On December 7th, Mylan launched ‘HepBest’ which is called “for management of chronic Hepatitis B infection in India the first drug approved in eight years.” The launch was done by Mylan Pharmaceuticals in India.
A little more than 10 days after the fact, on December 18th, Natco Pharma informed the bourses on Monday that it was launching the drug under its brand ‘TAFNAT,’ in India.
The drug TAF, it says, shows similar efficacy, with an improved renal and bone safety profile when compared with before formulation of (tenofovir disoproxil fumarate). From Medicines Patent Pool (MPP) and Gilead Sciences TAFNAT is manufactured under the license.
Natco priced its generic drug of TAFNAT at an MRP of INR 1900/ – for a monthly pack of 30 tablets for the India market.
As indicated by Dr Jyoti Joshi, head, South Asia at the Center for Disease Dynamics, Economics and Policy, situated in New Delhi, “generic drugs, for example, these open doors for access to medications for poor patients such as tribals in India and may also encourage the government to take it forward in its public health program for targeted treatments.”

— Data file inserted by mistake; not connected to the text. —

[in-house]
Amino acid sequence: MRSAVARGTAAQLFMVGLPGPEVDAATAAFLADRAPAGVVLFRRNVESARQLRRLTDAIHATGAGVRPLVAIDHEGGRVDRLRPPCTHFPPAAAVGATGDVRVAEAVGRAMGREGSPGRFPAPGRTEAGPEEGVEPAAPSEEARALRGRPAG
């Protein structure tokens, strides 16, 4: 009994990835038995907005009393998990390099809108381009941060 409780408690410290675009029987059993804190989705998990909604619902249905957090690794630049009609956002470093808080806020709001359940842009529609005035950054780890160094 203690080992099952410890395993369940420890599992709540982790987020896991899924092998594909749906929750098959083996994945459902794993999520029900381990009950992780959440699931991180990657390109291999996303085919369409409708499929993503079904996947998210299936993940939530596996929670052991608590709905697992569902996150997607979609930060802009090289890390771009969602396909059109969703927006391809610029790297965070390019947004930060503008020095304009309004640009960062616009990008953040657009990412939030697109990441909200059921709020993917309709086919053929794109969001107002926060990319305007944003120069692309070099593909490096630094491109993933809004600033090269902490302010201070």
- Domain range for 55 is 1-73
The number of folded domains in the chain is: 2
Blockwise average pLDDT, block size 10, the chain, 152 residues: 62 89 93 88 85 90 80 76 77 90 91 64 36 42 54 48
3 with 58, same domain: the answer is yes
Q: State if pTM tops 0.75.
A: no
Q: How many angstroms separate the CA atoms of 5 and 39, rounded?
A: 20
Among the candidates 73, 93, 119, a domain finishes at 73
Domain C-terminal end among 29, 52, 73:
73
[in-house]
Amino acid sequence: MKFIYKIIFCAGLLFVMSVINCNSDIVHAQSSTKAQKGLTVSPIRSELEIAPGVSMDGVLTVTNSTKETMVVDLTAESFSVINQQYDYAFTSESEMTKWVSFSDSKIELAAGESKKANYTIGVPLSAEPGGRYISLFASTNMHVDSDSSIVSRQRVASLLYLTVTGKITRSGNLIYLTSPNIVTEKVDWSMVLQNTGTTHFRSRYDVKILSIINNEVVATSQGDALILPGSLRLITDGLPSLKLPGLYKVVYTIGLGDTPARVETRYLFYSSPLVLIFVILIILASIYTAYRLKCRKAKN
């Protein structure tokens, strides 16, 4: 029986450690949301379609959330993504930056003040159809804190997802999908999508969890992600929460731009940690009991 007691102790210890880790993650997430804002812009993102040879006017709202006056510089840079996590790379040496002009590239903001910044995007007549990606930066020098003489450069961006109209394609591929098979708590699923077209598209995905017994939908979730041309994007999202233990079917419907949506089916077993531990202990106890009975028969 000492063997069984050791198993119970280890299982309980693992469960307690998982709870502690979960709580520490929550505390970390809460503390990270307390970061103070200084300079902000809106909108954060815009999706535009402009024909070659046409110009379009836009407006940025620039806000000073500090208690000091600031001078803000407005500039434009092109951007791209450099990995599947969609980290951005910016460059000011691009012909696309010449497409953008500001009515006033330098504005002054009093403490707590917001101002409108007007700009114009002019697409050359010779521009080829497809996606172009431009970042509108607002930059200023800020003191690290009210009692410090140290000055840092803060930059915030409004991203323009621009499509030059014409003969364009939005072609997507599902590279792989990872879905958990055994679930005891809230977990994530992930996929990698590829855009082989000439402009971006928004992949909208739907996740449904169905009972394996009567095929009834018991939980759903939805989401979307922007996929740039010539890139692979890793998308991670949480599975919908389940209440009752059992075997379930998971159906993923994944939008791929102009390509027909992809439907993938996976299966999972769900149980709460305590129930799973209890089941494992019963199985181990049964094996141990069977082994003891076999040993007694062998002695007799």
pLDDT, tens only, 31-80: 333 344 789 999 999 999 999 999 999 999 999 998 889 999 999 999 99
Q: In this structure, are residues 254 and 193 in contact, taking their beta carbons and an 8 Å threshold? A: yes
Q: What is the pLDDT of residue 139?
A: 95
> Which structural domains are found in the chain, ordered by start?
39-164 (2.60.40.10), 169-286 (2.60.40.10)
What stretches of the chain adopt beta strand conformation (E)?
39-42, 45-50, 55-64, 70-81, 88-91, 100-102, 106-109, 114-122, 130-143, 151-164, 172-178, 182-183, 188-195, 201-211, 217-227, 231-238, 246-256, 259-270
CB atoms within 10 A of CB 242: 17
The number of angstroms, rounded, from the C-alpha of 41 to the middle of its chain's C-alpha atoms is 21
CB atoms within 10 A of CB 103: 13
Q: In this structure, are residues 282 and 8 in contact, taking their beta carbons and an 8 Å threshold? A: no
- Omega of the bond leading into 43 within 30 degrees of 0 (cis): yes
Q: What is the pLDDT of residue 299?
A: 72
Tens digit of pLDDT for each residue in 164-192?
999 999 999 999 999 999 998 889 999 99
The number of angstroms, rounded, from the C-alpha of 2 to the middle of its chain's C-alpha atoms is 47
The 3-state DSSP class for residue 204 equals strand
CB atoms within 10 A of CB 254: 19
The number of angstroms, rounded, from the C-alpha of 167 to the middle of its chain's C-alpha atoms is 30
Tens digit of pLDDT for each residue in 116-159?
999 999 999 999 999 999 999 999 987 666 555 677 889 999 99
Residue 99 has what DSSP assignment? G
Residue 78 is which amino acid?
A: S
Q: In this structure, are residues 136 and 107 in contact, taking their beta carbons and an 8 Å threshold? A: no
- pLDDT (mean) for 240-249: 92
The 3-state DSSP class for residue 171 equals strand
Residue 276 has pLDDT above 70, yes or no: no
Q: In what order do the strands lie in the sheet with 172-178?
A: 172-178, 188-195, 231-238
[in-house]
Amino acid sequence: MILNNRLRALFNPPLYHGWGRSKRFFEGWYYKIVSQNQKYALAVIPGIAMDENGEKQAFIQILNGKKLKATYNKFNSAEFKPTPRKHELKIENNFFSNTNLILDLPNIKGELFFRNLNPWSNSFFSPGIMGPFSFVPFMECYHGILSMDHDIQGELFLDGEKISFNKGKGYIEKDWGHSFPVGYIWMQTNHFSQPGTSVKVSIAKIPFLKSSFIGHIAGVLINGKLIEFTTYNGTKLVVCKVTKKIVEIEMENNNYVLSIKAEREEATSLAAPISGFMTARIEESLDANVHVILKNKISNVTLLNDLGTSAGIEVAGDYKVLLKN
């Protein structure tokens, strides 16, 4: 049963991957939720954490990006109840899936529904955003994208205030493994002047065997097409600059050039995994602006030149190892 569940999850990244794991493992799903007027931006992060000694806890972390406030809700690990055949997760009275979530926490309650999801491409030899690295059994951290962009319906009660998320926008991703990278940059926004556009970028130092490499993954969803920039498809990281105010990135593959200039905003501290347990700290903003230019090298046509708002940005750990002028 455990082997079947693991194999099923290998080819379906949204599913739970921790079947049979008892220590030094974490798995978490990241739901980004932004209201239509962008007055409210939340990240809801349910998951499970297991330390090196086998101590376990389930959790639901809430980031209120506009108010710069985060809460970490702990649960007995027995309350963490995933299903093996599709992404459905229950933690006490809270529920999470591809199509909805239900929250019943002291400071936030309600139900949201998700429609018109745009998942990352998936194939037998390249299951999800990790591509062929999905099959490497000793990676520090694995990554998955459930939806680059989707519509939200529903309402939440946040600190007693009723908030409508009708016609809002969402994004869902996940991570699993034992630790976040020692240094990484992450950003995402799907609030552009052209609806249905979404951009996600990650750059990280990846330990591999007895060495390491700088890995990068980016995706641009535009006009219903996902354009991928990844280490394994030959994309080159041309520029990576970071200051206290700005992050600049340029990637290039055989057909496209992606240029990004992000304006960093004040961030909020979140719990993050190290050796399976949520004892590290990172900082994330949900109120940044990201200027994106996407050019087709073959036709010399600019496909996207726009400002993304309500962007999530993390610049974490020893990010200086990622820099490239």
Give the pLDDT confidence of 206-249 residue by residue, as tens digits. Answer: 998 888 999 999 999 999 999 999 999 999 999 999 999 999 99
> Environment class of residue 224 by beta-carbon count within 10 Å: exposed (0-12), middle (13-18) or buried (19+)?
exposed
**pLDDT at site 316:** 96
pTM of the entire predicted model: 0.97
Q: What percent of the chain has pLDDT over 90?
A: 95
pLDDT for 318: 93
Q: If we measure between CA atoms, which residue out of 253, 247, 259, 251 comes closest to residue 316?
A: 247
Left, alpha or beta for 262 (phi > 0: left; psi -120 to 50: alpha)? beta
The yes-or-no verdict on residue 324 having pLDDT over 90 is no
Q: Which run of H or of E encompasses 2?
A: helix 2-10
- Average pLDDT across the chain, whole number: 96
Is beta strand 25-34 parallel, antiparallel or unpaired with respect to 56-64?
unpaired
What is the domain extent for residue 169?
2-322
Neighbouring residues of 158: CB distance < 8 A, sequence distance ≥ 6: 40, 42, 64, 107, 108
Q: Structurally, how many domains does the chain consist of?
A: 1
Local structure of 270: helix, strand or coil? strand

Mylan, of course in its media release, referred to the dimension of the issue. It says, as per World Health Organization (WHO) estimates, more than 2 billion individuals worldwide are infected with the hepatitis B infection (HBV), of which more than 240 million have a chronic liver infection.
These patients largely resulting from liver cirrhosis and liver cancer are at risk of developing serious illness and death. The company additionally quotes, Rakesh Bamzai, its President, India, and Emerging Markets, as saying, “India has an estimated 40 million HBV carriers, of which 15 percent to 25 percent could go ahead to from cirrhosis and liver cancer.”
In 2014, Mylan signed an arrangement with Gilead to improve access to TAF-based HIV treatments in developing nations. As a part of the licensing agreement, on US Food and Drug Administration (FDA) approval, Mylan received a technology transfer from Gilead, enabling it to manufacture low-cost versions of TAF.